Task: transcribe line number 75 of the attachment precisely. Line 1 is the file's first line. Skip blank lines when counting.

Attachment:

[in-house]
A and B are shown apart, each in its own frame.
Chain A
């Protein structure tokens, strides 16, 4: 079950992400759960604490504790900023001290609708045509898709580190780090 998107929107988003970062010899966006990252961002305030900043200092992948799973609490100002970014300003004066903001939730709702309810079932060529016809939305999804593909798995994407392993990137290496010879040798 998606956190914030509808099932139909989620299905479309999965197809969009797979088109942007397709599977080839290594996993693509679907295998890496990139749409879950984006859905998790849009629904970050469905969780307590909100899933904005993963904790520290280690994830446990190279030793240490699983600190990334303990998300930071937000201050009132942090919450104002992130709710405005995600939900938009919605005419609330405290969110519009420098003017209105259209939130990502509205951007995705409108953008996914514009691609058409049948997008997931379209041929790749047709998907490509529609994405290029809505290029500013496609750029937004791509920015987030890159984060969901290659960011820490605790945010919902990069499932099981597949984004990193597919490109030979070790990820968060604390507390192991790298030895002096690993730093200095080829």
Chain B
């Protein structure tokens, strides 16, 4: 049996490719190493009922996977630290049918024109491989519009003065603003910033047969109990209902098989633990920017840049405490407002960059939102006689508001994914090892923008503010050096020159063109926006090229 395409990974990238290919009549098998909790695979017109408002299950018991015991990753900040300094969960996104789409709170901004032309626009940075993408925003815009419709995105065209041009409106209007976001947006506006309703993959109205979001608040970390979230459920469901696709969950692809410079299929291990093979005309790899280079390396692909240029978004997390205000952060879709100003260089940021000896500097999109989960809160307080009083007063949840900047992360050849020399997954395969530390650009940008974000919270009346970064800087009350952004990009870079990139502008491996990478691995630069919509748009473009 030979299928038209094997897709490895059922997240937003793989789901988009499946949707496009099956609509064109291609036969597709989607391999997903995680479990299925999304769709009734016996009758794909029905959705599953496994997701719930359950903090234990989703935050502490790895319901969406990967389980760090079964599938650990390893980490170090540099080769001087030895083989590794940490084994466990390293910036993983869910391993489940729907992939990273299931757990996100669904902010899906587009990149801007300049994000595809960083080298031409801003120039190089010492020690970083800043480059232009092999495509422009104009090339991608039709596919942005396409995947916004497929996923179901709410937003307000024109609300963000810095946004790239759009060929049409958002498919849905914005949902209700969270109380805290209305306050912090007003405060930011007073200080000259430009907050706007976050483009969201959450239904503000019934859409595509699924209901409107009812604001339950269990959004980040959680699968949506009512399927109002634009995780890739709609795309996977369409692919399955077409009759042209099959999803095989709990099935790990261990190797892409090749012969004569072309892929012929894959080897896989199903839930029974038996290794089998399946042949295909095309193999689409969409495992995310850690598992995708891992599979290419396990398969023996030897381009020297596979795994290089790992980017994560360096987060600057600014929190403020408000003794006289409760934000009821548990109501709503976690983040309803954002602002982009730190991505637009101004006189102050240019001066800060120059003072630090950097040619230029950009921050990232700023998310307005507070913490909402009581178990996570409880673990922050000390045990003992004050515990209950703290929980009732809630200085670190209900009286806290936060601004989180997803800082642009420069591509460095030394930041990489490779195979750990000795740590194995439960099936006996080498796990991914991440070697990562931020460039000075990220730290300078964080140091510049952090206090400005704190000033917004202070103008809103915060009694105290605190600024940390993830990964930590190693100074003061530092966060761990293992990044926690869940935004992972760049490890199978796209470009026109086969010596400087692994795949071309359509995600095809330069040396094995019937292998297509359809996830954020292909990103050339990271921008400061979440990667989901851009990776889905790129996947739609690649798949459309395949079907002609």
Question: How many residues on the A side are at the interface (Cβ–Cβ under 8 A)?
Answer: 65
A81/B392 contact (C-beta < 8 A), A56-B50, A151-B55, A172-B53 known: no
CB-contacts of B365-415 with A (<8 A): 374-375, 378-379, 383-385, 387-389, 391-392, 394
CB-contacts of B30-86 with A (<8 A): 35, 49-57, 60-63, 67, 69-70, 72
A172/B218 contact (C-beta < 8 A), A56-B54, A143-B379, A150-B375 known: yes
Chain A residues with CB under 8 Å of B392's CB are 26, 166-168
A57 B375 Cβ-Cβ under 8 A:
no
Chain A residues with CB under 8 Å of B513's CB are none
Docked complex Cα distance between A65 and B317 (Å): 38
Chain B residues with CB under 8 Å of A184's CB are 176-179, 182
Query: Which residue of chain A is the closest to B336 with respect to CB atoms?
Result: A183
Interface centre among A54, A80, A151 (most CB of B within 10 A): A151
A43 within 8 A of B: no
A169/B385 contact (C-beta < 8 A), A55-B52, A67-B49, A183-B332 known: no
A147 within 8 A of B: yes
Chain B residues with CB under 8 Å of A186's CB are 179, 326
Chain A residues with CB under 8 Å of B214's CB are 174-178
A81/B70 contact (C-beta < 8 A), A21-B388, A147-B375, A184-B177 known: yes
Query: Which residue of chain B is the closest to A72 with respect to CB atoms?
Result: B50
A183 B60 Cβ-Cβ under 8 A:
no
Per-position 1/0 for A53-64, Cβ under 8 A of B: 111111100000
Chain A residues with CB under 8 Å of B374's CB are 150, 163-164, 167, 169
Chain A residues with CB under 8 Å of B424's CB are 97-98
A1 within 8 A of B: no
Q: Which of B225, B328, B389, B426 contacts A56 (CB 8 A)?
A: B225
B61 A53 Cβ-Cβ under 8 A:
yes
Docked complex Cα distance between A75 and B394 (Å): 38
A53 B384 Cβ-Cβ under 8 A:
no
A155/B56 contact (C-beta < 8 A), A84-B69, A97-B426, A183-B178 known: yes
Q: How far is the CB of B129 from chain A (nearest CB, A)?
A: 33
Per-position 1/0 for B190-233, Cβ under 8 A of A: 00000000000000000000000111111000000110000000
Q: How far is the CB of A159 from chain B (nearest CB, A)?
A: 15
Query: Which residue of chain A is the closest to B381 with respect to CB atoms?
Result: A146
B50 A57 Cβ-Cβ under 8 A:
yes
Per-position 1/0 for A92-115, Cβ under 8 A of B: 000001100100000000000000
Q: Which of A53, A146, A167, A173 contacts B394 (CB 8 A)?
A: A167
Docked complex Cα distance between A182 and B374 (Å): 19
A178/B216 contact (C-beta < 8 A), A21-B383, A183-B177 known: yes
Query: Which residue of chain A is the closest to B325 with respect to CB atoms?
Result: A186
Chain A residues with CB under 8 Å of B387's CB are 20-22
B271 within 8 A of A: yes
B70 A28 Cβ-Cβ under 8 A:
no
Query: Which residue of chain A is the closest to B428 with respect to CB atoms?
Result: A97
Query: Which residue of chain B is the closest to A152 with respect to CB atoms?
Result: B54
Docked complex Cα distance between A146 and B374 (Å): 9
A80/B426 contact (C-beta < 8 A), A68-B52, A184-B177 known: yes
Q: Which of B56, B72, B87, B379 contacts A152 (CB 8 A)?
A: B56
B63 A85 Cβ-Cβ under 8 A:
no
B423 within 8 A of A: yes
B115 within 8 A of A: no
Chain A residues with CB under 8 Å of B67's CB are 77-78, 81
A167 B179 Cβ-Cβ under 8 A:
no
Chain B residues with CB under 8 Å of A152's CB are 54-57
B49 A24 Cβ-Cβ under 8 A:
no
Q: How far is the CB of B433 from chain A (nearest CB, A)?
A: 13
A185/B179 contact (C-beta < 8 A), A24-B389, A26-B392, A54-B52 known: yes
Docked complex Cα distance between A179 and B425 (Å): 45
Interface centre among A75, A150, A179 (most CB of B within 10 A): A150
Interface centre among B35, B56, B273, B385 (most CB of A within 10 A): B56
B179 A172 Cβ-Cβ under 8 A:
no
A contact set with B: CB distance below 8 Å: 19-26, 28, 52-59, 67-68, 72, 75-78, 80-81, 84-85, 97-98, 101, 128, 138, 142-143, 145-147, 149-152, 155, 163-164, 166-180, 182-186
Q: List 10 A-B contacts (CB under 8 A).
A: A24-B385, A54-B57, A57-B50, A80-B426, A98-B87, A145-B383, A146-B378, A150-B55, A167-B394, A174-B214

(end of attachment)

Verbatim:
B115 within 8 A of A: no